Almost a century after St. Louis blues were the cat’s meow in the Roaring Twenties, Al Hammerman is still up to making jazz in the city. Learn about how he has become nationally successful while remaining in the Midwest, how he embarrasses his wife and where he finds the best toasted ravioli!
Aspiring actors and singers make a fuss about moving to LA and New York, yet your songs get featured in major Hollywood productions with you living in St. Louis. How does this work? Did you have to promote your work twice as hard in the beginning to be heard?
I still think it’s probably true that there’s an advantage to being close to “where the action is,” particularly for actors and singers, as you suggest. Fortunately, however, for a composer and lyricist, with today’s high speed and high quality internet, physical proximity is at least a little less crucial when trying to convey a true representation of one’s work.
The Internet can sometimes even be more important than just being close, in the extremely fast paced entertainment world. Very often whether or not you get your music placed can depend almost as much on its instantaneous availably, as it does on quality. That said, I still make my share of trips to the coasts as there’s nothing like “being there” when you really want to make the deal.
Of course it also helps to have great PR representation and for I thank Tom Estey Publicity & Promotions.
Would you have gone into the same musical genre in your career if your parents had played other types of music during your childhood?
That’s a tough one and I think I might need to do a bit of “Nature vs. Nurture” research before I can give a definitive answer to that. However,I am very thankful that my parents generously exposed me to the wonderful music of the great american songbook and I’m certain that it has been a factor in the development of my particular music style. In fact, I’ve often been asked if I purposely try to write in the style of the standards and always have to answer the same way: “No, that’s just what comes out.”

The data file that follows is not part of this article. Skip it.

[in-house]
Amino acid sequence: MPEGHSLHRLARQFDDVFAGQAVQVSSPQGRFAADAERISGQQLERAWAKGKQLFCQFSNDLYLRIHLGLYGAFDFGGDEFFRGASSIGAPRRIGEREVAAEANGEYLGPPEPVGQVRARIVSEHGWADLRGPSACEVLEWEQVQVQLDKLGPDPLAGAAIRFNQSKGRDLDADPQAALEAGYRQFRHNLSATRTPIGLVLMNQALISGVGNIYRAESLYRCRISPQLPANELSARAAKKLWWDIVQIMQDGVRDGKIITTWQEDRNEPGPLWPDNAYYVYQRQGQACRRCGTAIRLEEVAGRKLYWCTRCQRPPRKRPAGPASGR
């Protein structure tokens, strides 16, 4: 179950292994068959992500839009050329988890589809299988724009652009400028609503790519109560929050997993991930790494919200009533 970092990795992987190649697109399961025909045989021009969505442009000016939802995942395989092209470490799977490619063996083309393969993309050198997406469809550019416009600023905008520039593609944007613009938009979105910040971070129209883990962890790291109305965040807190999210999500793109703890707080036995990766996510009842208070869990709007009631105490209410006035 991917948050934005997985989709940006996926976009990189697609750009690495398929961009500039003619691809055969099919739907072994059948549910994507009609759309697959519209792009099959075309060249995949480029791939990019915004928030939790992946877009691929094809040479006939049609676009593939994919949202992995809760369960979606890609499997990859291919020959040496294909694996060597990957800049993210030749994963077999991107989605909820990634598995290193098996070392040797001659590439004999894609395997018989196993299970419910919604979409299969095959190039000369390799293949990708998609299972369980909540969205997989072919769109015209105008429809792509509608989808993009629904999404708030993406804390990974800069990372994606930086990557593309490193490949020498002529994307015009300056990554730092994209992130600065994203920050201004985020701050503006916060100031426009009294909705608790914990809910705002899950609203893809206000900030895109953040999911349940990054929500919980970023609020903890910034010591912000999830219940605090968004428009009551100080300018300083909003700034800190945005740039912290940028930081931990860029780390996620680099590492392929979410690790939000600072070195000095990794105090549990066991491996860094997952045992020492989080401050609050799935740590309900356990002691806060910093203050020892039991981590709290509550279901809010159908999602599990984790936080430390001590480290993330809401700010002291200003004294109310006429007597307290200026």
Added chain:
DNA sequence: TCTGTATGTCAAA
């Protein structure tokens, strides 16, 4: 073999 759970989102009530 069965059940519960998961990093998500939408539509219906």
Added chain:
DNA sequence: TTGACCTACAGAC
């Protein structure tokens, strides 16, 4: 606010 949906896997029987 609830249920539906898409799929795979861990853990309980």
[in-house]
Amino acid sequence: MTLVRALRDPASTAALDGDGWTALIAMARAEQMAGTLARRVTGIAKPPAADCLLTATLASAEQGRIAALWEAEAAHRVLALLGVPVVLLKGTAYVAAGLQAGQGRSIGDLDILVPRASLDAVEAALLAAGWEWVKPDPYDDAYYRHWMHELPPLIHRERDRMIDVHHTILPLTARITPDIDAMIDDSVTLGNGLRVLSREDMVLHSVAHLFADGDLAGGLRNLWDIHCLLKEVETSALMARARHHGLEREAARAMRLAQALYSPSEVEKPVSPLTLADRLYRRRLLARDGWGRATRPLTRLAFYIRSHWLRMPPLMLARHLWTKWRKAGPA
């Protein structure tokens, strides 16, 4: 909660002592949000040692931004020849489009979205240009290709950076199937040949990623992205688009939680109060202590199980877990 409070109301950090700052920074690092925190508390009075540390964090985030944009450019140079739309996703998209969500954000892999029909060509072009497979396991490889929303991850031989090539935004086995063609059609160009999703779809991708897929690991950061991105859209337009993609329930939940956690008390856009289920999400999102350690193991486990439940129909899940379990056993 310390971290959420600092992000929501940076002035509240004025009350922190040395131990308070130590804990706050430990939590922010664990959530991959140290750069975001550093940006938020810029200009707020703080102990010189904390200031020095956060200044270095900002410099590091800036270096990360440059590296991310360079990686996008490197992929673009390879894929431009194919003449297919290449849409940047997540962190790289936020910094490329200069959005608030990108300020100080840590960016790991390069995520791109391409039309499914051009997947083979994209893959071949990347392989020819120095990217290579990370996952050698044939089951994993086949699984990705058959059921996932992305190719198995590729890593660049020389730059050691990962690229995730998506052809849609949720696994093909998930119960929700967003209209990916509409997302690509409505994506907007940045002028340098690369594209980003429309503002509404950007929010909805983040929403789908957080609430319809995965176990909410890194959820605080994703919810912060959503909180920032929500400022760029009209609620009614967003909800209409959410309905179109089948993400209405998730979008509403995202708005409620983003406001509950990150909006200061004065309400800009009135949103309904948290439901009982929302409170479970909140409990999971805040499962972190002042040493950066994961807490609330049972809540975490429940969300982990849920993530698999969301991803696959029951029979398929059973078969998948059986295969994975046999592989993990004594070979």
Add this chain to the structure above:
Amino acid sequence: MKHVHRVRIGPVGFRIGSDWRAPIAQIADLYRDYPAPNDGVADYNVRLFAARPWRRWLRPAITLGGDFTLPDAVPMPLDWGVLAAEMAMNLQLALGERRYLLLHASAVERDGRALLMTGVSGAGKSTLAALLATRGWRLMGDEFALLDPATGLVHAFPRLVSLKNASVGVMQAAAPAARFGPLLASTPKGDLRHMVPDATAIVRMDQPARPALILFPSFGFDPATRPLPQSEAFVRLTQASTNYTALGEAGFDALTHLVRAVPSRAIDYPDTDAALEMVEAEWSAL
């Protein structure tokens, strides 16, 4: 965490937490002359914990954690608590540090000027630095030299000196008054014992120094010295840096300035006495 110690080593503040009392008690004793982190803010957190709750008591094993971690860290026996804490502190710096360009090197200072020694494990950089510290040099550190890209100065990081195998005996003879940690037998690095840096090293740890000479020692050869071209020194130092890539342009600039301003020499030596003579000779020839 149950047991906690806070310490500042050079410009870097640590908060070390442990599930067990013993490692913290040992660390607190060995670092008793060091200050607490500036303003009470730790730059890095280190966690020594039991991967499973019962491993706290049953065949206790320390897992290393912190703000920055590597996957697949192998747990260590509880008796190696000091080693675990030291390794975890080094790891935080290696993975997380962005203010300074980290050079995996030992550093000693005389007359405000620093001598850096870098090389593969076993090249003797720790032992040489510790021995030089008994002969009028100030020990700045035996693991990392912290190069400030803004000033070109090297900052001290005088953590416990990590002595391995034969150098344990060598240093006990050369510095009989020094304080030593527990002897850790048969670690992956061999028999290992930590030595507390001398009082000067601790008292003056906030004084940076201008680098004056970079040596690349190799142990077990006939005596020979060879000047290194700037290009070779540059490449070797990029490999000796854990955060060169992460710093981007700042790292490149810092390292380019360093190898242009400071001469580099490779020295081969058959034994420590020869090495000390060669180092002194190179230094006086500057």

Does your wife get bashful when you sing the song you wrote about her?
In a word, “yes,” and I’ve been told that at many of my concerts she can be seen sinking deeper and deeper into her seat. But I do think it’s a composer’s privilege and right to be able to embarrass his wife on stage – and that goes for his kids too! Kidding aside though, she does seem to take all of my musical escapades in stride and more importantly provides me the most perfect blend of emotional support; never letting me get either too “high” in the good times and more importantly never too “low” during the dry spells.
Does she sample your songs before you release them? Has she ever convinced you to put out a well written song you didn’t feel was good at first?
I don’t think Julia would ever try to convince me to release a song that I didn’t feel “good” about, however, perhaps in a related manner she did one day convince me of something else. I had already been writing and producing songs for many years and for the most part, when a song was finished I might play it for my family and a few friends and then basically tuck it in a drawer and moved on to another. Perhaps I was getting a bit discouraged, when one day I just decided I was ready to quit writing all together as my “passion” was becoming quite expensive and I was running out of drawer space. I had been working on a new song called “Nothing But Time” which was a bit more jazzy than my others and I was just about to abandon it altogether when Julia simply explained things to me this way: “I buy shoes because that’s what I like to do. You write music because that’s what you like to do,” and she then went on to painfully convince me that I wasn’t even coming close to winning the prize on spending. Well, once finished, that song I was about to set aside, seemed to generate quite a bit of interest and enthusiasm around town and marked a true turning point in my song writing career. From that point on, I’ve continued to write songs, Julia has continued to buy shoes, and for better or for worse, neither of us have any intention of quitting.